PRIDE – The primary obstacle to living a God-glorifying life

“I am the Lord; that is my name! I will not give my glory to another …” (Is. 42:8)

 In the words of Beth Moore, “He will not share His glory with another, not even with His own children.”

 We were “created for God’s glory” (Is. 43:6-7) and He desires to show His glory through our lives. He is most readily seen in those whose heart’s desire is His name and renown (Is. 26:8).

God calls us to seek His glory alone, not because He’s egotistical, but because He truly is the only One worthy of all glory and, when He is glorified, we are safe and satisfied in Him.

Jeremiah 13:15-17 reveals God’s heart for us, and the reasons why He longs for us to give Him glory:

 Hear and pay attention,
    do not be arrogant,
    for the Lord has spoken.
Give glory to the Lord your God
    before he brings the darkness,
before your feet stumble
    on the darkening hills.
You hope for light,
    but he will turn it to utter darkness
    and change it to deep gloom.
 If you do not listen,
    I will weep in secret
    because of your pride;
my eyes will weep bitterly,
    overflowing with tears,
    because the Lord’s flock will be taken captive.

In this passage, we see God reminding us that we need hear and pay attention to His spoken word, because our natural inclination towards pride often makes us feel that we already know what we need to know and that we are already obeying Him in all the necessary ways.

He then reveals the remedy for our arrogance: giving glory to the Lord our God. Choosing to glorify Him (rather than ourselves) is a wise move, because darkness and stumbling often follow closely behind pride.

Yet, what touched me most in this passage was God’s heart-response to our pride: bitter weeping and overflowing tears. How gracious a God we serve, that He should WEEP when we flaunt ourselves before Him in arrogance! And what is the primary cause of God’s weeping? What will ultimately happen if God’s people, due to pride, do not listen to Him? Verse 17 says that the Lord’s flock will be taken captive. There will be thick darkness and deep gloom, and the church of Christ will fail to fully know and live in the freedom He purchased for them by His blood. This is what breaks God’s heart.

As I pondered the apparent connection between pride and captivity today, I came up with 3 reasons why we need to cast down pride in order to break free from bondage in our lives as Christians.

 Reason # 1: Pride is blinding

Pride stops us from seeing areas of captivity in our lives.

Obadiah 1:3 says, “The pride of your heart has deceived you.”

Truly, we are deceived and blinded by pride.

“God wants to get to our hearts. Pride covers the heart.
God wants to set us completely free. Pride says we’re free enough.
God wants to free us from any hindrances of the past. Pride refuses to take a fresh look back.”

–  Beth Moore –

 The first step on the road to freedom is first seeing and acknowledging that we are captives!

 Reason #2 : Pride stops us from admitting we need help

 Even when we see that we need freedom, pride won’t let us admit weakness. Pride causes us to live in denial, avoiding the reality of our failures. When we are driven by pride, we are too busy boasting in our strengths to realize that real power comes from boasting in our weaknesses!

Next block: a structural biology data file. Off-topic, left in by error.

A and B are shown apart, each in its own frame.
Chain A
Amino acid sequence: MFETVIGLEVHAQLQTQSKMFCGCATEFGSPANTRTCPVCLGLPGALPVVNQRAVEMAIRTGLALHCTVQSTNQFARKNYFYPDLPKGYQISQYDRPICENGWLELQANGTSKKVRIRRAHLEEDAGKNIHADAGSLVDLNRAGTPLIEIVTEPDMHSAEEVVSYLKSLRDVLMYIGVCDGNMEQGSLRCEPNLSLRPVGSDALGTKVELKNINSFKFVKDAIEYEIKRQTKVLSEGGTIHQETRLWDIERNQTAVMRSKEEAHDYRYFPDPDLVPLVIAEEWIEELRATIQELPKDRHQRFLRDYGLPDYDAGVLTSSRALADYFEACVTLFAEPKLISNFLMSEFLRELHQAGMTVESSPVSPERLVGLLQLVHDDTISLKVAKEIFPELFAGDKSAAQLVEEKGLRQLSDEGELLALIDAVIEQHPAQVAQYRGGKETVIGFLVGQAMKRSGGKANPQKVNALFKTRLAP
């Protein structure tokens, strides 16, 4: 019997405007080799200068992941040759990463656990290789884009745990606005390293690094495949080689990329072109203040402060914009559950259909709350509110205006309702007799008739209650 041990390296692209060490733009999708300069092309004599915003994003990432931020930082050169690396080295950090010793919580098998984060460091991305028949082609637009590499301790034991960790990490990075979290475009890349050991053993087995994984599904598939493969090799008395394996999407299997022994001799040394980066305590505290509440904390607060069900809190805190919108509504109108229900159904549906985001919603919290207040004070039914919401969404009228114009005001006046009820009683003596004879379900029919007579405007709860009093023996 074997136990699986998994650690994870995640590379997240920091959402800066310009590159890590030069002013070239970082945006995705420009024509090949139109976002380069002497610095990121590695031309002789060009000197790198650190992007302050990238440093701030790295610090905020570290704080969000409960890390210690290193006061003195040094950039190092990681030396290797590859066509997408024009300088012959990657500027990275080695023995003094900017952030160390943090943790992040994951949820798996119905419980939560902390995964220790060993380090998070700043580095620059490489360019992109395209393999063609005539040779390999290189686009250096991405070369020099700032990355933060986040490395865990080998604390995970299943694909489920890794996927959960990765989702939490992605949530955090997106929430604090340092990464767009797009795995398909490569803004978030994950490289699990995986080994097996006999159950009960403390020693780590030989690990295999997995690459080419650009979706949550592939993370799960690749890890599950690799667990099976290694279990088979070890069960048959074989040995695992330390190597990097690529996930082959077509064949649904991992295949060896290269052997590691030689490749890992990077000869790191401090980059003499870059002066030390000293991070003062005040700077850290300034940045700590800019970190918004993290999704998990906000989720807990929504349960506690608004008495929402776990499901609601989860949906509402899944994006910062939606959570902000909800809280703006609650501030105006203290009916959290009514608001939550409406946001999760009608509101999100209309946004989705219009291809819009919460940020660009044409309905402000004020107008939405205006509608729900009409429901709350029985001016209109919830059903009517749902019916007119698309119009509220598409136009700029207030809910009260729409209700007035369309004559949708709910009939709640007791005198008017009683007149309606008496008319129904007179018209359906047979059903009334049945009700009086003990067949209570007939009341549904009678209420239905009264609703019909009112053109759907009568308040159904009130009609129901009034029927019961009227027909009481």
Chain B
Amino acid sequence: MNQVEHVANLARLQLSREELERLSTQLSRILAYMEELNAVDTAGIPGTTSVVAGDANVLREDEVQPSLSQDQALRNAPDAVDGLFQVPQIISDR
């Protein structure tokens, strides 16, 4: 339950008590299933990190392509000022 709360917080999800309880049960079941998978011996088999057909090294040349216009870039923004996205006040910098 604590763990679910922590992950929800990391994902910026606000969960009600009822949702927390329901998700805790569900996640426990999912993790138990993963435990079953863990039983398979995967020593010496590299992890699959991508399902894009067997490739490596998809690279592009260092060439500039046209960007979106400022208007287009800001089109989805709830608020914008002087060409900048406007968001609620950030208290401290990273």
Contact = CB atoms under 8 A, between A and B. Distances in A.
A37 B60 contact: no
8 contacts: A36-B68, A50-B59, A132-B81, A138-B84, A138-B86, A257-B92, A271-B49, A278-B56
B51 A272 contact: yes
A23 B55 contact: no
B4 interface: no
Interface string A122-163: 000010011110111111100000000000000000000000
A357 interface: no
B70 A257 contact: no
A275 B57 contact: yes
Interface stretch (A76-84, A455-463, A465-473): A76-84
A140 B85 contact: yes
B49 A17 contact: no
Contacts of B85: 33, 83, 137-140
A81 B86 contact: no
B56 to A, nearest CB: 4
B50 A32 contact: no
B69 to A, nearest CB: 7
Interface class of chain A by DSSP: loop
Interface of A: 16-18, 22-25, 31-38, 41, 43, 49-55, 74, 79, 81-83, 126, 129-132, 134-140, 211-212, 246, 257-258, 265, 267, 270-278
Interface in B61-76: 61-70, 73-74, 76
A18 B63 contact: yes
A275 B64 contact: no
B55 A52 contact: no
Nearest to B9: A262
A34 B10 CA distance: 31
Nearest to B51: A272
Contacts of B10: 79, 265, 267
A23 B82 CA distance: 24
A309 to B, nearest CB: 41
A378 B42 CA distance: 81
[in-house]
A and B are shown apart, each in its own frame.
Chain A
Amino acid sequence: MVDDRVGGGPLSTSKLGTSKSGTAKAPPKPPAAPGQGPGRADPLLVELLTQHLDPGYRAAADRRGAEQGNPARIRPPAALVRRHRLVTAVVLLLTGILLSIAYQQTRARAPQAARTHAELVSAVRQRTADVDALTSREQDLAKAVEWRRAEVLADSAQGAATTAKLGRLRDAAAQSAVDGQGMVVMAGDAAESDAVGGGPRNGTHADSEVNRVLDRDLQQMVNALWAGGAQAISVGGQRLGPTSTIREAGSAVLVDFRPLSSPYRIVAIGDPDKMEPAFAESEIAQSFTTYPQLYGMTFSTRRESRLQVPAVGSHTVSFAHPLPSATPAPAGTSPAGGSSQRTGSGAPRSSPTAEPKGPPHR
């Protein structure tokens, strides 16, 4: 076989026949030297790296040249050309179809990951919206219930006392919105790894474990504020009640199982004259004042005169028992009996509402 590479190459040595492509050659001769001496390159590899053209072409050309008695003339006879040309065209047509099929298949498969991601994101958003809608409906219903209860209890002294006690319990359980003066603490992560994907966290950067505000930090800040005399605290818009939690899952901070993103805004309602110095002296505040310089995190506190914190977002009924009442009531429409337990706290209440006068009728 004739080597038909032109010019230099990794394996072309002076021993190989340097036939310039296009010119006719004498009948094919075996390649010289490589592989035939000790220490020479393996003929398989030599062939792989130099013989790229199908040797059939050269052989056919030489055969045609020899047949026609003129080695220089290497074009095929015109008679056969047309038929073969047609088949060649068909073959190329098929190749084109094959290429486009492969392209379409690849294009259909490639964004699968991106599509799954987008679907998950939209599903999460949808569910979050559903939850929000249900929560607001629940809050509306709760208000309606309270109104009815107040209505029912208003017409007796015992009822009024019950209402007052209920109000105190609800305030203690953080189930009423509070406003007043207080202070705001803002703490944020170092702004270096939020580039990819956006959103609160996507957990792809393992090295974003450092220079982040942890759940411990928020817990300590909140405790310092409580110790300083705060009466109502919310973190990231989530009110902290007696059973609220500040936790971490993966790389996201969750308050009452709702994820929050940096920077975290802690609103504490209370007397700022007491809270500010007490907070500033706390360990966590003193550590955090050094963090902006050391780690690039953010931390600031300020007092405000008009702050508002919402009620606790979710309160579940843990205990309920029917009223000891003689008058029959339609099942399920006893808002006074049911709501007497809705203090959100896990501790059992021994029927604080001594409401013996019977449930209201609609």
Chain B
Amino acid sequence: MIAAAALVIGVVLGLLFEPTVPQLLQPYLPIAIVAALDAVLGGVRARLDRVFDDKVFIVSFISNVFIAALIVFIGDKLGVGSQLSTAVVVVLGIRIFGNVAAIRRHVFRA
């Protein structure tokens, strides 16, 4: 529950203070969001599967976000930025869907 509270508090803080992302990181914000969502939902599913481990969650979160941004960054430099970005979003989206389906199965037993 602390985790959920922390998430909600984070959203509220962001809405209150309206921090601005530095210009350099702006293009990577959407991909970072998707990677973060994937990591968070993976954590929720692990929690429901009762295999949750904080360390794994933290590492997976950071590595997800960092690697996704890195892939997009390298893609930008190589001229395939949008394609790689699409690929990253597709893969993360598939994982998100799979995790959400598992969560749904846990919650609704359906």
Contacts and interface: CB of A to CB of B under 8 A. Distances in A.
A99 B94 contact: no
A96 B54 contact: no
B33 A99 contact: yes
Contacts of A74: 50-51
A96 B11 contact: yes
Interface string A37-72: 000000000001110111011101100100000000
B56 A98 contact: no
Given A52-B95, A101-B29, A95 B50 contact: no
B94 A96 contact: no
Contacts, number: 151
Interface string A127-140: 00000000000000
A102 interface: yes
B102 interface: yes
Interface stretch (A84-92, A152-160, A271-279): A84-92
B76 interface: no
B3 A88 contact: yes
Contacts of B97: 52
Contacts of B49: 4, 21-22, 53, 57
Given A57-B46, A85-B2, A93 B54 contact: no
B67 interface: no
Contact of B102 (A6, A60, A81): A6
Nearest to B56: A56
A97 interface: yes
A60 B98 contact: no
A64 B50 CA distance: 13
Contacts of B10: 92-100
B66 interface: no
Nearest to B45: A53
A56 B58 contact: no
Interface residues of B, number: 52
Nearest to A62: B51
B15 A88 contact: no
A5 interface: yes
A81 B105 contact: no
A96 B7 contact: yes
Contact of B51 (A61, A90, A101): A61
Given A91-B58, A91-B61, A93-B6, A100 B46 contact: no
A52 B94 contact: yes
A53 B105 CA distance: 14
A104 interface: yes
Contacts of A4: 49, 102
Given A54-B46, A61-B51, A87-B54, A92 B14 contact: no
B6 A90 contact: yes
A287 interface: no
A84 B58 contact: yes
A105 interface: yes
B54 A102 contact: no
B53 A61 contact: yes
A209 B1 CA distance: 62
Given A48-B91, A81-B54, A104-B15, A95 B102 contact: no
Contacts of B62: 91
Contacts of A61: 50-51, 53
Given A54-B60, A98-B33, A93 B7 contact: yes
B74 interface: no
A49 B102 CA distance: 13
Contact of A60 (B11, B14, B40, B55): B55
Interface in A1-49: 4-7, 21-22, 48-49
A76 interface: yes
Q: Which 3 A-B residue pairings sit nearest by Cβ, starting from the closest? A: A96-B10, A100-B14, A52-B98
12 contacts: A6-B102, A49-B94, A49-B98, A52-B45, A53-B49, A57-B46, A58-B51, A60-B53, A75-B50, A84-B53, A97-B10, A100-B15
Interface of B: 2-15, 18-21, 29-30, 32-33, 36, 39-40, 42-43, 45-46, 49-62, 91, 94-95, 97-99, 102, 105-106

Paul says in 1 Cor. 12:9-10, “I will boast al the more gladly ABOUT MY WEAKNESSES, so that CHRIST’S POWER may rest on me…I delight in weaknesses…For when I am weak, then I am strong.”

 True strength, life and freedom comes in admitting that we’re weak in ourselves.

 Reason #3: Pride makes us big in our own eyes, while simultaneously making Christ small.

 We need to SEE JESUS to be transformed and set free. 2 Cor. 3:17-18 says:  

Now the Lord is the Spirit, and where the Spirit of the Lord is, there is freedom.And we all, with unveiled face, beholding the glory of the Lord, are being transformed into the same image from one degree of glory to another. For this comes from the Lord who is the Spirit.


Then, in Isaiah 57:15 we read where God says,

“I live in a high and holy place, but also with him who is contrite and lowly in spirit, to revive the spirit of the lowly and to revive the heart of the contrite.”

 So there is freedom where God is, and He lives with those who are humble in spirit. We also see that, when we behold His glory, we are changed from one degree of glory to another! How amazing!
But how can we behold His glory when we are prideful and consumed with ourselves and our own glory?


Today I see more clearly than ever that pride is a vicious enemy. It only breeds quarrels (Prov. 13:10), brings disgrace (Prov. 11:2) and leads to destruction (Prov. 16:18).

On the other hand, I see that humility is a friend. With humility comes wisdom (Prov. 11:2) and God gives grace to the humble (James 4:6).

So today I humble myself, as 1 Peter 5:6 commands, by dwelling on God’s greatness and submitting to Him. Today I have seen God, and I say with Job:

“I know that you can do all things;
    no purpose of yours can be thwarted.
You asked, ‘Who is this that obscures my plans without knowledge?’
    Surely I spoke of things I did not understand,
    things too wonderful for me to know.

“You said, ‘Listen now, and I will speak;
    I will question you,
    and you shall answer me.’
My ears had heard of you
    but now my eyes have seen you.

 Therefore I despise myself
    and repent in dust and ashes.”

(Job 42:1-6)

May the Spirit of Christ help me daily to avoid the pitfall of pride, which keeps me from glorifying Him.